Monarch Center for Autism Cleveland Ohio

The Planning Process

The planning process281 that financial planner Barton Stevens, ChLAP, recommends addresses four key issues affecting the life of the person with special needs. They are:

  1. Lifestyle
  2. Legal
  3. Financial
  4. Government Benefits

Lifestyle

Lifestyle planning is where the family records what they want for the future of their loved one. This information is recorded in a document called the "Letter of Intent." Although not a legal document, it is as important as a Will and Special Needs Trust. Lifestyle issues require decisions regarding where the person will live, continued education programs, employment, social activities, religious affiliation, medical care, behavior management, advocacy and/or guardianship, trustees, and final arrangements.

In addition, detailed instructions are provided for assisting the person with the typical activities of daily living, such as bathing, dressing, feeding, and toileting. Perhaps the person has a special way of communicating that only the immediate family knows and understands. It is important that this information be included. Rather than write hundreds or thousands of words describing how to do these things, it is recommended that families videotape them performing the activities of daily living and communicating in different social settings, such as the home, school, day care center, and so on.

Imagine how much easier and less traumatic it will be for the person with special needs and the care providers if they have detailed instructions immediately available to them rather than having to figure things out on their own. What could take weeks or months to adjust to could be shortened to a few days. The ultimate goal is to make the transition from parental care to independent living, residency in a group home, or moving in with other family members as easy as possible, bearing in mind the comfort and security of the person.

Legal

Legal planning provides for the family to state their wishes as to the distribution of their assets and appointing executors to settle their estate. In conjunction with this, a trust is usually executed to provide professional money management (trustees, guardians), maintain government benefits, and protect the assets left for the individual.

The "Irrevocable" Special Needs Trust is the most commonly used document to provide supplemental funds for the exclusive benefit of the person with a disability. The assets are not in the name of the person, so they will not cause the loss of SSI (Supplemental Security Income) health care benefits. This Trust has proven invaluable to families regardless of the size of their estate or the amount of assets they are leaving.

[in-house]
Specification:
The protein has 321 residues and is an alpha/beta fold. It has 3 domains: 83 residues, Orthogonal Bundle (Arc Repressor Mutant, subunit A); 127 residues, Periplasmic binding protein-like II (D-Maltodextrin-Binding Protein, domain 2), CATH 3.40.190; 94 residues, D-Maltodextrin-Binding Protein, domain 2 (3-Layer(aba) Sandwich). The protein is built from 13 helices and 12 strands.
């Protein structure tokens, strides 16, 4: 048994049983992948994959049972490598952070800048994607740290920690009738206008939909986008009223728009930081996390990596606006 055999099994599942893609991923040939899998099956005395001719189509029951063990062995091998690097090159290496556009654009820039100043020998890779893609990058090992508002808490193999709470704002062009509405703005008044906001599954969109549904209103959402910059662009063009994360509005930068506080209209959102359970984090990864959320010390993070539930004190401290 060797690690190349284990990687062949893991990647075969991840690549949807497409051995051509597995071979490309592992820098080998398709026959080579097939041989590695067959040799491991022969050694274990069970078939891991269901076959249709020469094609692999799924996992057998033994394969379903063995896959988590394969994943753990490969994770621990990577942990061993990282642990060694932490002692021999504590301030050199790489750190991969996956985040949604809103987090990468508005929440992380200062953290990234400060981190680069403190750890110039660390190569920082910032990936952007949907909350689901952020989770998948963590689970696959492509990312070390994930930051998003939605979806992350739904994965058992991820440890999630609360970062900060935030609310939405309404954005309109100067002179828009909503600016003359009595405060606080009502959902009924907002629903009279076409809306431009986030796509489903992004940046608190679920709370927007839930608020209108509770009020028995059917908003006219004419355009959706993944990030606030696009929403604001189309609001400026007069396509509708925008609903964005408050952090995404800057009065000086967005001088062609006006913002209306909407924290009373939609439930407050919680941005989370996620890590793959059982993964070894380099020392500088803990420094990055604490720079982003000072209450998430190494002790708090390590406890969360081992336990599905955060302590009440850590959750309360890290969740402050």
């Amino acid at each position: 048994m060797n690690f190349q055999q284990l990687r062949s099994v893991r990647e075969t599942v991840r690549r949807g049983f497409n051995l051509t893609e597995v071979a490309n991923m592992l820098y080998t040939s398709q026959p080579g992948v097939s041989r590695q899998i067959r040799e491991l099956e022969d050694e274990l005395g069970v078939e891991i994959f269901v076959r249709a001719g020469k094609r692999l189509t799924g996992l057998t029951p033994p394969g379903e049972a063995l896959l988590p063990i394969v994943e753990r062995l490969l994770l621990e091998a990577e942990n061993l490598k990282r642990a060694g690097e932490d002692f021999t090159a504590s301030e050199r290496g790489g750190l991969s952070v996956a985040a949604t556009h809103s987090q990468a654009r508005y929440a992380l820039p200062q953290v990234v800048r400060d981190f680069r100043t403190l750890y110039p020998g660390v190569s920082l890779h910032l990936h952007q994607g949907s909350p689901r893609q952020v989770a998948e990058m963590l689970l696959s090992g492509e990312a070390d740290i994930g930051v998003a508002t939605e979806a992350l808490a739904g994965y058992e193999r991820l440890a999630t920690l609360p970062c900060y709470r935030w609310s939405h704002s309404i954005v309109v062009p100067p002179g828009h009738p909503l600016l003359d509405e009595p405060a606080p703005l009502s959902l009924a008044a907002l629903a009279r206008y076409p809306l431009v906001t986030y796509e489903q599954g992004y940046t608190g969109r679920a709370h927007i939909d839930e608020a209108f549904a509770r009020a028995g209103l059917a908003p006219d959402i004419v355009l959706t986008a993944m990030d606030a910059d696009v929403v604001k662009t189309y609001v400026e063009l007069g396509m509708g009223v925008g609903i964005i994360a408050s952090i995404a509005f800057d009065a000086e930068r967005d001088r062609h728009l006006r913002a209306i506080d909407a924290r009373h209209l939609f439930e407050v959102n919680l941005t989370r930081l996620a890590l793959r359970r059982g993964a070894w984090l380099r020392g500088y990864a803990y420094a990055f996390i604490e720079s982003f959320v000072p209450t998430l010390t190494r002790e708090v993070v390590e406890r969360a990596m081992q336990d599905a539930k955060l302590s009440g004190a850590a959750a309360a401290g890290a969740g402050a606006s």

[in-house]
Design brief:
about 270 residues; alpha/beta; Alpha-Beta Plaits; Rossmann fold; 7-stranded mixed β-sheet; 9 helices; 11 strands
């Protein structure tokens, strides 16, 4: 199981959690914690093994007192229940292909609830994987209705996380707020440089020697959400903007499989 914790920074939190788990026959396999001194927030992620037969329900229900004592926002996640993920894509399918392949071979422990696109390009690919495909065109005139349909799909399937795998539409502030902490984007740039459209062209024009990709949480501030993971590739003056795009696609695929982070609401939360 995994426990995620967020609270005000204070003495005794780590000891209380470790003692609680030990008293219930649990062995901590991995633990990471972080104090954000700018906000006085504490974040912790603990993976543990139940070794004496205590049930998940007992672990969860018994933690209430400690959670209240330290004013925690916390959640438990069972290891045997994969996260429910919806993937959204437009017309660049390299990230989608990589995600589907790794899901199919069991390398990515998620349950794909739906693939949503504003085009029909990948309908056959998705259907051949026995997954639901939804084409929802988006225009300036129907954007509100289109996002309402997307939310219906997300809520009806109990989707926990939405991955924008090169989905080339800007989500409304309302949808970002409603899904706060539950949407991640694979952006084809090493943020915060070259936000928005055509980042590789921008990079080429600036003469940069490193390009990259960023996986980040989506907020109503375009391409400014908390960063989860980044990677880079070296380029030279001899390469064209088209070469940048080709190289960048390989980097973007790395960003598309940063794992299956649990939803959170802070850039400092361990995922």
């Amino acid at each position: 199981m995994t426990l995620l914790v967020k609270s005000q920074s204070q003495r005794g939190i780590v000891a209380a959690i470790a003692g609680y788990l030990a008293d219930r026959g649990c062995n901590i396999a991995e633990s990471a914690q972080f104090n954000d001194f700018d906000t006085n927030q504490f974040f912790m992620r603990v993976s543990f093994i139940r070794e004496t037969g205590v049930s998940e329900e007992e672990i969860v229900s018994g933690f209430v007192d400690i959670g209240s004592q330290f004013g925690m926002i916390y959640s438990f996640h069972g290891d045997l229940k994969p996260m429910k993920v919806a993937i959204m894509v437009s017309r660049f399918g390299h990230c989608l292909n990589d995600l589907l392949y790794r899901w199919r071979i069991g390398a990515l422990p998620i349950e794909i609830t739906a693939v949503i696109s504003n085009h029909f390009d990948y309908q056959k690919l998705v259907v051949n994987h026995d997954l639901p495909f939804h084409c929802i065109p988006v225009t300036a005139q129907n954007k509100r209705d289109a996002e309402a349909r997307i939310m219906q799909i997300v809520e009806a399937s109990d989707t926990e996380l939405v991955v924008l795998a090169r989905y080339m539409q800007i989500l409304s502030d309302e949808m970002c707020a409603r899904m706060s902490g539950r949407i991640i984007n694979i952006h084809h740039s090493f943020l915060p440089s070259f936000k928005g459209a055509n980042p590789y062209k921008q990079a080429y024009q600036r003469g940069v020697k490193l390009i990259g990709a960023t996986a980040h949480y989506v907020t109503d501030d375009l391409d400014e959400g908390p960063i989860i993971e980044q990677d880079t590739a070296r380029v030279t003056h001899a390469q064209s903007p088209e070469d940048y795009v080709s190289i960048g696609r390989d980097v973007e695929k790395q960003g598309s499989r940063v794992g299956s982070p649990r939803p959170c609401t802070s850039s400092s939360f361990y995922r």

Financial

Financial planning is used to determine the supplemental needs of the person. First, a monthly budget is established based on today's needs while projecting for the future. Then, by using a reasonable rate of return on principal, the family identifies how much money is needed to fund the trust. In addition, the life expectancy of the person must be considered and then the need projected into the future using an inflation factor.

Once this is done, the family must now identify the resources to be used to fund the trust. They may include stocks, mutual funds, IRAs, 401(k)s, real estate, life insurance, etc. Professional management for investing the assets may be done by the Trustee, or the Trustee may hire advisors.

Government Benefits

Government entitlements play a key role in the lives of many persons with special needs by providing cash and health care benefits under SSI (Supplemental Security Income), SSDI (Social Security Disability Insurance), Medicaid, and Medicare. A basic understanding of federal and state entitlement programs is essential in order to be sure that the person gets all that they are qualified to receive and that assets received from family members through gifts, inheritance, and litigation do not result in the disqualification and termination of government benefits or the government claiming reimbursement for benefits provided from assets received by the person.

It should be clear that each of these issues is interrelated and should be coordinated in the planning process. Those persons who provide advice in one particular area should be made cognizant of what others are doing. This emphasizes the importance of an organized plan.

The result of a comprehensive plan should provide lifetime supervision and care; maintain government benefits; provide supplementary funds to help ensure a comfortable lifestyle; offer management of funds; provide dignified final arrangements; and avoid family conflict.

 

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